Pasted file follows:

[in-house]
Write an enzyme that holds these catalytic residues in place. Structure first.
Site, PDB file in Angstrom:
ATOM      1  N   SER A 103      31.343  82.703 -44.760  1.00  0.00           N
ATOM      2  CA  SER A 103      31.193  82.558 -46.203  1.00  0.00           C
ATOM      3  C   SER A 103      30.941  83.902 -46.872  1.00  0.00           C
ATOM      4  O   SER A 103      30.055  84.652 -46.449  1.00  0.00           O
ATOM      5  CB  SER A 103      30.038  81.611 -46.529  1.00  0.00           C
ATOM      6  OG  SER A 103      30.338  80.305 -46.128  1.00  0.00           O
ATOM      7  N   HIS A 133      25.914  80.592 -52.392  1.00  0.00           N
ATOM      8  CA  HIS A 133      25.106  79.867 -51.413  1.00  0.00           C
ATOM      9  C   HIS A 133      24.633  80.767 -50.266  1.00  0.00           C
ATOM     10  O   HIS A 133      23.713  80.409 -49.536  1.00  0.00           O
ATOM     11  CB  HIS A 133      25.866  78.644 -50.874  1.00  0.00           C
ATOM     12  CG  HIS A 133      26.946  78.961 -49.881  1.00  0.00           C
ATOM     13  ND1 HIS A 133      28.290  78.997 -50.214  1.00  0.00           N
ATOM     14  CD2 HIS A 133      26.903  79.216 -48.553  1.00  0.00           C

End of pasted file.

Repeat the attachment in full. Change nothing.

[in-house]
Write an enzyme that holds these catalytic residues in place. Structure first.
Site, PDB file in Angstrom:
ATOM      1  N   SER A 103      31.343  82.703 -44.760  1.00  0.00           N
ATOM      2  CA  SER A 103      31.193  82.558 -46.203  1.00  0.00           C
ATOM      3  C   SER A 103      30.941  83.902 -46.872  1.00  0.00           C
ATOM      4  O   SER A 103      30.055  84.652 -46.449  1.00  0.00           O
ATOM      5  CB  SER A 103      30.038  81.611 -46.529  1.00  0.00           C
ATOM      6  OG  SER A 103      30.338  80.305 -46.128  1.00  0.00           O
ATOM      7  N   HIS A 133      25.914  80.592 -52.392  1.00  0.00           N
ATOM      8  CA  HIS A 133      25.106  79.867 -51.413  1.00  0.00           C
ATOM      9  C   HIS A 133      24.633  80.767 -50.266  1.00  0.00           C
ATOM     10  O   HIS A 133      23.713  80.409 -49.536  1.00  0.00           O
ATOM     11  CB  HIS A 133      25.866  78.644 -50.874  1.00  0.00           C
ATOM     12  CG  HIS A 133      26.946  78.961 -49.881  1.00  0.00           C
ATOM     13  ND1 HIS A 133      28.290  78.997 -50.214  1.00  0.00           N
ATOM     14  CD2 HIS A 133      26.903  79.216 -48.553  1.00  0.00           C